How do you choose your best dehumidifier? Our top ten questions you should consider for choosing the dehumidifier for your home or basement.
1. What are the Dimensions of the Area You Wish to Dehumidify?
The most important thing you need to determine is the size of the room or basement you will be dehumidifying. Remember to include the ceiling height in your measurements because you will be drying the entire space. Dehumidifier manufacturers rate their machines by square footage based on an average 8 ft ceiling height. This makes it possible to incorrectly size your dehumidifier if you have something else.
For example: If you have a 1000 square ft space but with a 12 ft ceiling, 1000 square ft dehumidifier would not be enough. You would have to cover 12,000 cubic ft when it only covers 8000 cubic ft. It would be undersized by 4,000 cubic ft.
When thinking about the size of your area, be sure to include adjoining rooms or additional floors.
2. What Area of the Country are you in?
The part of the country you live in will dictate how much moisture will be in the outside air and will influence your dehumidification needs. For example, if you live in Florida, Texas, and the gulf regions of the United States you will find a need to dehumidify most of the year, especially in the fall, spring, and the summer. People living on the west coast will find the need to dehumidify mostly in the winter because this is the rainy season. Therefore, like any appliance you plan on purchasing how much you intend on using it will dictate how much you would want to spend and the quality you are looking for. For geographic areas where your dehumidifier may be running for 8 to 10 months during the year, consider a top rated model like the Fral FDK54 which is built to last.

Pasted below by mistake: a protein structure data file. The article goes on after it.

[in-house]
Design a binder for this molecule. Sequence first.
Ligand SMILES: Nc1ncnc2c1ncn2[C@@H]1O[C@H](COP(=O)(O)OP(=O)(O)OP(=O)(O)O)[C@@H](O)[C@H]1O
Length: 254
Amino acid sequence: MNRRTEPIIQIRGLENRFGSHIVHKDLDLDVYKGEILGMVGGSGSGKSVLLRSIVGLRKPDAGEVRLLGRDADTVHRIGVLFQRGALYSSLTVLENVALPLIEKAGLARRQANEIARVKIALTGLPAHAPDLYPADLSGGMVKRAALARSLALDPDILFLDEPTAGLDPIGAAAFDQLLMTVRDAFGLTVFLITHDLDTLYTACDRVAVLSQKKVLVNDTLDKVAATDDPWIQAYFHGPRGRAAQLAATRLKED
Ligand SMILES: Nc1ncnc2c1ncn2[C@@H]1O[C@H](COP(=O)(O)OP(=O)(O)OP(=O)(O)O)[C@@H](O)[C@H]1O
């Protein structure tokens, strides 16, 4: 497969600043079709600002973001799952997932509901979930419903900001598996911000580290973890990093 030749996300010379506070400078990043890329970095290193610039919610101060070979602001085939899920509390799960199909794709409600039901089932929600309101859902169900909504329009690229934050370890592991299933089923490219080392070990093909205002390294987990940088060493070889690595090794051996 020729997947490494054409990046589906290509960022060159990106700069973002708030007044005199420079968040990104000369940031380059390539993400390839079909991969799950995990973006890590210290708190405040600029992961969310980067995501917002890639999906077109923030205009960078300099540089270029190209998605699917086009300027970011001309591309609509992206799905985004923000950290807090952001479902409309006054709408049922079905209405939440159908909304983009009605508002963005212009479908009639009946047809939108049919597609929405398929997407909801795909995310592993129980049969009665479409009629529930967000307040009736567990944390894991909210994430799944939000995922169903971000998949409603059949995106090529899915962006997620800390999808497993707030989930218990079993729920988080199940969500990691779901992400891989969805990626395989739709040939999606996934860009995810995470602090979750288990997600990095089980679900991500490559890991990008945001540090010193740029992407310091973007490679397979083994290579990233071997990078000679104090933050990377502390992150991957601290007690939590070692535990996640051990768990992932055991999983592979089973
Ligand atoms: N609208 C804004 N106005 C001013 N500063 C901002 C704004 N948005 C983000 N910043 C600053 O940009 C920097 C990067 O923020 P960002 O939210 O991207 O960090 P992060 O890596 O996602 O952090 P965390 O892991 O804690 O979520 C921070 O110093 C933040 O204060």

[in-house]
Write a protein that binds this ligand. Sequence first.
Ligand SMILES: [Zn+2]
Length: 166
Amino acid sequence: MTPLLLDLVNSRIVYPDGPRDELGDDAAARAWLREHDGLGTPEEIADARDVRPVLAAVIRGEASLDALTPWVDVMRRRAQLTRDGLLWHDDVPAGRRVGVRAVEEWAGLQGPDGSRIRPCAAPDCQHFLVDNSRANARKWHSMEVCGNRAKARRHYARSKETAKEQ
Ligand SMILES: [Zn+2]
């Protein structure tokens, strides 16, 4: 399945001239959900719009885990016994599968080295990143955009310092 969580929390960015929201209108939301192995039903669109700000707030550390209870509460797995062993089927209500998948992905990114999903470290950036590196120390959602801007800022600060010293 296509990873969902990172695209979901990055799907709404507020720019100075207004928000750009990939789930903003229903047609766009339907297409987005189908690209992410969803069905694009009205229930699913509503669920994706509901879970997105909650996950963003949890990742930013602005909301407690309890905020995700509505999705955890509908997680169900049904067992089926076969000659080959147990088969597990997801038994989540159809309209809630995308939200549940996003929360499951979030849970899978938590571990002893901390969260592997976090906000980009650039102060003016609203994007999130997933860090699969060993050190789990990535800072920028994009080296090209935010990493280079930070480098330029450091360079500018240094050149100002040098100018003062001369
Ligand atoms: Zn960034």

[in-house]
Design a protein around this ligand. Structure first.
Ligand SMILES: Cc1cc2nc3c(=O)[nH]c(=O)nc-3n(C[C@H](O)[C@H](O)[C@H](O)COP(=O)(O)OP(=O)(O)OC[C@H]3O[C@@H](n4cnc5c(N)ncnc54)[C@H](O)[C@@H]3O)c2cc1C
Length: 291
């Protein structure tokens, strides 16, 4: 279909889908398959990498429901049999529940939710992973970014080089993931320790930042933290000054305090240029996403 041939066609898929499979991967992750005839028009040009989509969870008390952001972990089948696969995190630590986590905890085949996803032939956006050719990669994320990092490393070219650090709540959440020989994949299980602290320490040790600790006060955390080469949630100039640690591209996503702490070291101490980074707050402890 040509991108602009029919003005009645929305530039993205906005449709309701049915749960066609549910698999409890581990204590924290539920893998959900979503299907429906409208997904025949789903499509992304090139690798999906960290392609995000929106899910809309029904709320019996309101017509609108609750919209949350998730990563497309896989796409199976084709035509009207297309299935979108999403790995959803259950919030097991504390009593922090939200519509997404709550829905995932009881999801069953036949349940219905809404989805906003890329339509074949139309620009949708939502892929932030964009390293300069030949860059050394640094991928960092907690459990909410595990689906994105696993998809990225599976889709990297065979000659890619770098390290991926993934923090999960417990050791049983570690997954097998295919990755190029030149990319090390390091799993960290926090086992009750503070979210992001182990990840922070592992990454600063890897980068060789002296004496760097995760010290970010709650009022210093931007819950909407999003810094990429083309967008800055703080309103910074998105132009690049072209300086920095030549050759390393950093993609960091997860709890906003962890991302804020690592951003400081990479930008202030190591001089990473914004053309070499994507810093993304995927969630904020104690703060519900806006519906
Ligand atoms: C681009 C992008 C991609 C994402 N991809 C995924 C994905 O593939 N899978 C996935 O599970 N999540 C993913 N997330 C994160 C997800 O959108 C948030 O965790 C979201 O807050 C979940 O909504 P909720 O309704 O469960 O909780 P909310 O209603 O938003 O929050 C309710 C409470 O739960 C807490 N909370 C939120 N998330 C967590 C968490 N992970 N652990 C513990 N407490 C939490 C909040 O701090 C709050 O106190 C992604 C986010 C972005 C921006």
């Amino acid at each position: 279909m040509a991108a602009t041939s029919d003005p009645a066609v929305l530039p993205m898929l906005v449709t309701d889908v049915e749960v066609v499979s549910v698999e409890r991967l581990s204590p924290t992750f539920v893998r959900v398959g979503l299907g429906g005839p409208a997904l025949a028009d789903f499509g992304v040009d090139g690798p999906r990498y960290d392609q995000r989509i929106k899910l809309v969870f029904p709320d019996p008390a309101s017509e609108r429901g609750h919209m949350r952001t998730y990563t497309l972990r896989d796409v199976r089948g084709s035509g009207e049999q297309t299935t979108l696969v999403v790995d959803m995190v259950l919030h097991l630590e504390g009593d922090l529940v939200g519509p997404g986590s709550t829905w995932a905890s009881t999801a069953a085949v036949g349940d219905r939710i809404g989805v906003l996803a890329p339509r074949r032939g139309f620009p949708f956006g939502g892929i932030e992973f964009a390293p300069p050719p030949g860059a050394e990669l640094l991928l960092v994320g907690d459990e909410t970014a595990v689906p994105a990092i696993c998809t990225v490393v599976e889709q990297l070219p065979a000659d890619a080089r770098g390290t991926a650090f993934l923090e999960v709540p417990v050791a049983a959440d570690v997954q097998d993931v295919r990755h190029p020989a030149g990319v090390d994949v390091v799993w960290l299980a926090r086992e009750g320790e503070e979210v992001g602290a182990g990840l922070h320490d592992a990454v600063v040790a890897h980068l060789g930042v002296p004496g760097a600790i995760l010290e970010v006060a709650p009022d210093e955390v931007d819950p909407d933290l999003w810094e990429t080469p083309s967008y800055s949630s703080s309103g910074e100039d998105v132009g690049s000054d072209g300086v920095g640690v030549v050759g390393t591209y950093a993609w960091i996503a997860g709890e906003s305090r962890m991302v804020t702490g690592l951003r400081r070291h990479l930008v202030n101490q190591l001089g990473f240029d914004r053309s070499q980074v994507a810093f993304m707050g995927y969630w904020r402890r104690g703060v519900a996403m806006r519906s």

3. Why is the Air Temperature in the Room Important?
This is an important factor from the standpoint of determining whether or not you will need a low temperature dehumidifier. Most dehumidifiers work fine when the air temperature is 68 degrees and higher. Once it gets down to 65 degrees and below it becomes more difficult to remove more moisture so a low temp basement dehumidifier will be needed.
4. What is the Current Humidity Level in the Home?
This is important to know to determine the severity of your moisture issues. Anything 60% or higher is considered a potential mold issue.
5. What is the Desired Humidity You Would Like to get Down to?
In most cases, if you are in need of a dehumidifier the humidity will be above 55% and the result will be the chance of mold, mildew, increase dust mite population, and possible damage to materials in your home. We like to recommend lowering the humidity to 50% to eliminate these potential hazards; however, every person has different comfort levels so some people prefer 40%, some 45%, and some 50%. The decision to be made is the cost versus comfort factor. The lower you set your humidistat on your dehumidifier the longer it will operate to maintain it. The only exception to this rule would be if one is protecting a musical instrument like a piano where it is recommended to maintain 45% humidity.
6. What Area are you Looking to Dehumidify?
This is an important consideration due to the difference in the humidity and temperature of the air depending on the location. If you plan to run a dehumidifier in your bedroom, you will probably prefer a quiet operating unit. If you are looking to fit the dehumidifier into a small cramp area with perhaps a low ceiling, a crawl space dehumidifier needs to be powerful enough to remove the moisture, especially if the floor is a dirt floor and not sealed. If one is planning on running the dehumidifier in their basement, the tendency will be for the humidity to be higher and the air temperature to be lower.
7. What is the Area Mainly Used For?